Just recently, I had the opportunity to experience a 3-day intensive photo essay workshop organized by Leica, conducted by famed Magnum photographer, Abbas. I’ve learned about it on short notice, but I couldn’t pass up the opportunity to meet and learn from a master who’s been doing it for 45 years.
Abbas is an acclaimed photographer who roams around the world covering major political and social events. He has covered wars and revolutions in Biafra, Bangladesh, Northern Ireland, Vietnam, the Middle East, Chile, Cuba, and South Africa during the apartheid. He’s been a member of the elite photo agency Magnum since 1981.
The objective of the workshop was to push our creative boundaries as we create a series of photographs that tell a story. I’ve been shooting for 3 years now and my focus has mostly been on capturing interesting photos that stands on its own and may or may not tell a story. I haven’t really tried creating a photo essay – so I guess it’s high time.
Day 1 – Show & Tell
One by one, the participants lay down 10 to 15 prints of their work on a long table. Abbas would ask everyone to critique, edit, and then sequence each set until it told a story. He’d make the final edit giving us a good peek over his line of thinking. Seeing Abbas edit and sequence my Bad Weather shots was a pretty surreal experience.
After lunch, it was time to shoot. The plan was to capture different religion and culture in Singapore. Our first location was around the Sultan Mosque and Arab Street, focusing on Islam. I decided to shoot in black & white because I heeded Abbas when he said: “The world is in color, black & white is my way of showing my sense of reality. It helps me to focus and concentrate on what I want to show.”
So I put on my 20mm lens, set my camera to monochrome, and was all set. It’s been a while since I shot with a wide-angle lens.. it was pretty liberating as I wasn’t constrained by space. And shooting in b&w is a constant surprise since the photo will always turn out better or worse :)
Day 2 – Shoot
The shoot continues… we were taken to a Hindu temple in Little India. It was my first time to shoot in a place like this and got very excited with the barrage of imagery, textures, and ceremonies in the temple. It felt like there was one photographic opportunity after another and you had to keep your eyes peeled to not lose it.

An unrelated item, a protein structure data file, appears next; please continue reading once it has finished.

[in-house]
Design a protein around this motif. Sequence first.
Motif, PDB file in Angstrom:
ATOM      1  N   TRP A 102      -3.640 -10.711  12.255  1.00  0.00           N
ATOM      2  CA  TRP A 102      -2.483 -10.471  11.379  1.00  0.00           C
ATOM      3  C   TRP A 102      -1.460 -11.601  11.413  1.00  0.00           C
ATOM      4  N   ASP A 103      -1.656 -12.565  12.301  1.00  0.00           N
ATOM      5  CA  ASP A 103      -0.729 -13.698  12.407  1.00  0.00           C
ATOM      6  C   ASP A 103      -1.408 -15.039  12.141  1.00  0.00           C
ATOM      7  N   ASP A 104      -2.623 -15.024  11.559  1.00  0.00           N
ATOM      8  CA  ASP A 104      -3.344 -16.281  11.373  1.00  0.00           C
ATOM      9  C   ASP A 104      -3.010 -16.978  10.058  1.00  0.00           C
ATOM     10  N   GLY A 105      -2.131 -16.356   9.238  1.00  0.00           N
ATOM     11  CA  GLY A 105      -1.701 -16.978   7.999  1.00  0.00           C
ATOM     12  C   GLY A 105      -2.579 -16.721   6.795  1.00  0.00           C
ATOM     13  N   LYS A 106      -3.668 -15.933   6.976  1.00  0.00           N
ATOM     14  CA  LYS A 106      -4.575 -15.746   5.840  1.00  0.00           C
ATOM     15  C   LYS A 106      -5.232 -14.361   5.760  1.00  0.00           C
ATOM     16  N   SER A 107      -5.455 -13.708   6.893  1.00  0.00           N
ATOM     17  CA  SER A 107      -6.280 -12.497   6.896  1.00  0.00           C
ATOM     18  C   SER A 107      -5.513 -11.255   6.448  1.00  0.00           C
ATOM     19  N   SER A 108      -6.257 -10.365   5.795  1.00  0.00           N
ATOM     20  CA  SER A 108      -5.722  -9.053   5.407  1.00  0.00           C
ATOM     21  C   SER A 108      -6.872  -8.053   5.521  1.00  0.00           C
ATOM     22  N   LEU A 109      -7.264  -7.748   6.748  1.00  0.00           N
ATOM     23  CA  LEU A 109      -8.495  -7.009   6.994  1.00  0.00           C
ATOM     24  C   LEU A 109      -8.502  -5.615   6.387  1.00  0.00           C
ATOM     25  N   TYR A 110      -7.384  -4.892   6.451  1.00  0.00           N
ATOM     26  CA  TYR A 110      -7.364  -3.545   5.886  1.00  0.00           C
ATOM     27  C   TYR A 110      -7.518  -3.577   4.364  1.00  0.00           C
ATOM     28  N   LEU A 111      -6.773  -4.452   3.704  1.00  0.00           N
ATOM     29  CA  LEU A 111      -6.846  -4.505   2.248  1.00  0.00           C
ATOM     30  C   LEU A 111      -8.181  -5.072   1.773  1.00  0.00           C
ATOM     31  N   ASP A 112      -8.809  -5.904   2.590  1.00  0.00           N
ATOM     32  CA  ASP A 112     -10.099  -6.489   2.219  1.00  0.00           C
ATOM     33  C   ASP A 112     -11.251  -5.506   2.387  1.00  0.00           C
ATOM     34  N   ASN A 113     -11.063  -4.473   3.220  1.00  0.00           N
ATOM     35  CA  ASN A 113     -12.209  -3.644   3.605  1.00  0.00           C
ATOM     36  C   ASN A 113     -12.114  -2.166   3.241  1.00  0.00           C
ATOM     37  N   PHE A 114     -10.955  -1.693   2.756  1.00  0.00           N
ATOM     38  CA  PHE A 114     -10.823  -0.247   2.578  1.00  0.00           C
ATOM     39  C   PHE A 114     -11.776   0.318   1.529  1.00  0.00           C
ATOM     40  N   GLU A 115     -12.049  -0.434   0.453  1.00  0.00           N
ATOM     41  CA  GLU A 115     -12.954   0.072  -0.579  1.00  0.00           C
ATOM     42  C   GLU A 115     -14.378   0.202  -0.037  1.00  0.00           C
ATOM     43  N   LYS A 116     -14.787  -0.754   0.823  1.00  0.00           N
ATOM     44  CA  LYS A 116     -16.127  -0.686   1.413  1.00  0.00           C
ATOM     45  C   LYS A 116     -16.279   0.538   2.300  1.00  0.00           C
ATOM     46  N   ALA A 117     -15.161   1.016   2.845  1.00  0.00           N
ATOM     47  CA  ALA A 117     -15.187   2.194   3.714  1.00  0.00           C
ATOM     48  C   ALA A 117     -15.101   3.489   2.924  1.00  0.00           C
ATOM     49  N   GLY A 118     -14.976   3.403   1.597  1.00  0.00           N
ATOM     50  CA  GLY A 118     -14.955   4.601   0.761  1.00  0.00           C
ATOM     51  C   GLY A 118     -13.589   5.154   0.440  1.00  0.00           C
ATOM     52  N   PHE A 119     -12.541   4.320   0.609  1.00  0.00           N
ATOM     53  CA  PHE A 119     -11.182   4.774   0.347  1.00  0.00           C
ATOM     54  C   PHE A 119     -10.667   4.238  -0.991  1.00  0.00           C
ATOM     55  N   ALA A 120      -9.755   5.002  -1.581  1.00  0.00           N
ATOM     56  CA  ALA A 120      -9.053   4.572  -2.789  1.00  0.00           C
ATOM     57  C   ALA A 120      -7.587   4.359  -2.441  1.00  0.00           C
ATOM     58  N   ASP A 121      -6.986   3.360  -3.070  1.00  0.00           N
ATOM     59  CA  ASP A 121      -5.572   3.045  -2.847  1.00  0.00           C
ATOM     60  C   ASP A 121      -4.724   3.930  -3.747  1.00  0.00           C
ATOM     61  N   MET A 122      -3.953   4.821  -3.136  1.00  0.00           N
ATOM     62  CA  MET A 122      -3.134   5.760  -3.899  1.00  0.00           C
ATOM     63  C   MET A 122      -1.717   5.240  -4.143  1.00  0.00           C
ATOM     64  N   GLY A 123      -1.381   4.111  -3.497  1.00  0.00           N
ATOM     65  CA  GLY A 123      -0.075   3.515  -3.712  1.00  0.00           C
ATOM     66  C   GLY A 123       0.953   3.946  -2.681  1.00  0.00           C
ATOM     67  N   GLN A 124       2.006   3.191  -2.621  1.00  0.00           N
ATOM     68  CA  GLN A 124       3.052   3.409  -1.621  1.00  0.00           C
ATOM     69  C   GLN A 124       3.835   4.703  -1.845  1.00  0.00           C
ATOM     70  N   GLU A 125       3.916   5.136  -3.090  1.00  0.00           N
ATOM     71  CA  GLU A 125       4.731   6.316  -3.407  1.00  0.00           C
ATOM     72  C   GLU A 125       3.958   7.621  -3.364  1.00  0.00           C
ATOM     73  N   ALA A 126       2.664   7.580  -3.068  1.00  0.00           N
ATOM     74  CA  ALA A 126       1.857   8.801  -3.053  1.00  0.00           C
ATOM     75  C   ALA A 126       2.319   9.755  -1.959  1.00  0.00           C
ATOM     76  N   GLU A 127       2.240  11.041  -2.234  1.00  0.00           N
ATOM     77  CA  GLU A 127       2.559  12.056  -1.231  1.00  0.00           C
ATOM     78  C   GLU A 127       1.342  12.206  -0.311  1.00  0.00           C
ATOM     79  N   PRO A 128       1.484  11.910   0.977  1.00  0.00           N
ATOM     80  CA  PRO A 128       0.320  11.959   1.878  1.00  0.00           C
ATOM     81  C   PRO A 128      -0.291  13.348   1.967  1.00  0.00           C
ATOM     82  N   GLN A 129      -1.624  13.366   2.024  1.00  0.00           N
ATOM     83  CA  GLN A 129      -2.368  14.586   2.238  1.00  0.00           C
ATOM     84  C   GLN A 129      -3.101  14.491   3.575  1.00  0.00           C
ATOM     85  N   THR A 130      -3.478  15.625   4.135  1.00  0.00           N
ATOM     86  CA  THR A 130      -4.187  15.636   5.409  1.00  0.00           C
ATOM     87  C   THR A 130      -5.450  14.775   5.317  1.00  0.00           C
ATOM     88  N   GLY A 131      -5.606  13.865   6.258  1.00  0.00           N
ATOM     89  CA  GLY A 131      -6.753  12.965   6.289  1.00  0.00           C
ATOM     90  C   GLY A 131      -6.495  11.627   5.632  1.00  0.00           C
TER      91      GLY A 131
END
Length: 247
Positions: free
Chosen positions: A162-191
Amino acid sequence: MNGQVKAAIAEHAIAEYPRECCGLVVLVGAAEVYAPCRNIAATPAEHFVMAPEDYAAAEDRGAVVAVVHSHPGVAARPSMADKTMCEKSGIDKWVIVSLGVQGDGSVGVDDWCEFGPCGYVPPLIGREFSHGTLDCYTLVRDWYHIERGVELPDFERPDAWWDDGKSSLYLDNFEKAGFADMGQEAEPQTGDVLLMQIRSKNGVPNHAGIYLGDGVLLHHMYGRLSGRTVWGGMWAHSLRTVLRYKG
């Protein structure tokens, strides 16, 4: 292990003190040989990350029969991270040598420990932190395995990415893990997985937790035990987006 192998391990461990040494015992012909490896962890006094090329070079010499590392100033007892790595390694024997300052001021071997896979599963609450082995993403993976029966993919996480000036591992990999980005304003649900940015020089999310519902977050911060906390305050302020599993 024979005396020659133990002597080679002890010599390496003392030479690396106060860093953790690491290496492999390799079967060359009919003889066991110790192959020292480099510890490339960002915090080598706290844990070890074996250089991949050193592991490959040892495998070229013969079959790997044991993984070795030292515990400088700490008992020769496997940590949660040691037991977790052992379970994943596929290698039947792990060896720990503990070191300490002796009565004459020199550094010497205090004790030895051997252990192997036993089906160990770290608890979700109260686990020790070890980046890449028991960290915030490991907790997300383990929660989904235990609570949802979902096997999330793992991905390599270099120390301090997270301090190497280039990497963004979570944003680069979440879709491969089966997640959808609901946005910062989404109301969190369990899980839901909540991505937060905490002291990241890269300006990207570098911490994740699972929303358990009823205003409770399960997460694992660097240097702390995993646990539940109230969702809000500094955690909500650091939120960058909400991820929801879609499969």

After lunch, the next destination was a Buddhist temple in Toa Payoh. This place was the complete opposite of the Hindu temple, but equally beautiful. The place was spacious and peaceful. The ceremony was quite serene with all the chanting.
Again, it was pretty surreal shooting as Abbas looks on, constantly giving tips on how to see and what to shoot.
Day 3 – Edit
I was late for an hour because I joined the Safra Bay Half Marathon Run which started at 5:15am. But still, I couldn’t miss this last day… coz as Abbas said, this is the day we start the actual workshop.
We were asked to bring 120 photos from our day-and-a-half shoot. We were grouped in pairs where our partner helped us edit the photos down to 20. These were then projected on the wall where the whole group debated and narrowed it down further. Then all final photos of the participants were printed, laid down on a long table, edited, and sequenced until it gave a pretty good essay on religion / culture in Singapore.
After everything, Abbas gave each of us a signed print of his work and brought out a bottle of Chivas Regal.
Thoughts on the workshop:
Getting to converse with Abbas was a very humbling experience. He kept a low profile and was very fatherly in his approach, but the thoughts he shared in the workshop was absolutely inspiring for me.
Overall, the workshop reintroduced me to the profound side of photography. I’ve been so focused lately on capturing beauty with a long lens, I forgot to step back and look at the big picture of serious stories happening around. While I still want to pursue portraiture, I have a new-found respect and passion for documentary photography.
Update – 12th September 2011
Mr. Abbas has commented on this article, and has added insight to the peculiar group shot which he took of us (main photo above): “i believe a photographer’s place is behind a camera, never in front of it and this is why i asked all to playfully cover their face… since this is a group photo, i am present with my left hand – holding the camera with the other, using danny’s camera.”
Thank you for dropping by, Mr. Abbas! :)
In addition to learning from the master himself, I got to meet a group of wonderfully different personalities all sharing the same passion for photography. Big thanks to Nathan, Khanh, Boon, Kim, Fun, Laxmi, and Deanna. I’m looking forward to more photo shoots with you guys!
Melisa – you’re awesome. Leonard – you rock, man.
Photo above taken by Fun
I remember when everyone first brought out their cameras – lo and behold, half of the group sported Leica M9‘s! Meanwhile, Abbas and Melisa had Leica M9-P‘s. I was starstruck. After briefly handling one (thanks, Nathan), I wanted one! But I know I can’t for obvious reasons. Maybe someday, who knows :)
The theme we covered during our 1½ day of shooting was 3 of the prevalent religions in Singapore: Islam, Hinduism, and Buddhism. Abbas has always considered religion as culture rather than faith. With this in mind, we focused not only on the temples and ceremonies, but also on the streets in its periphery – hopefully giving a peek of the people within and outside of their place of worship.
Below are the keepers I got. View these photos larger to see the details, please click here.
View these photos larger to see the details, please click here.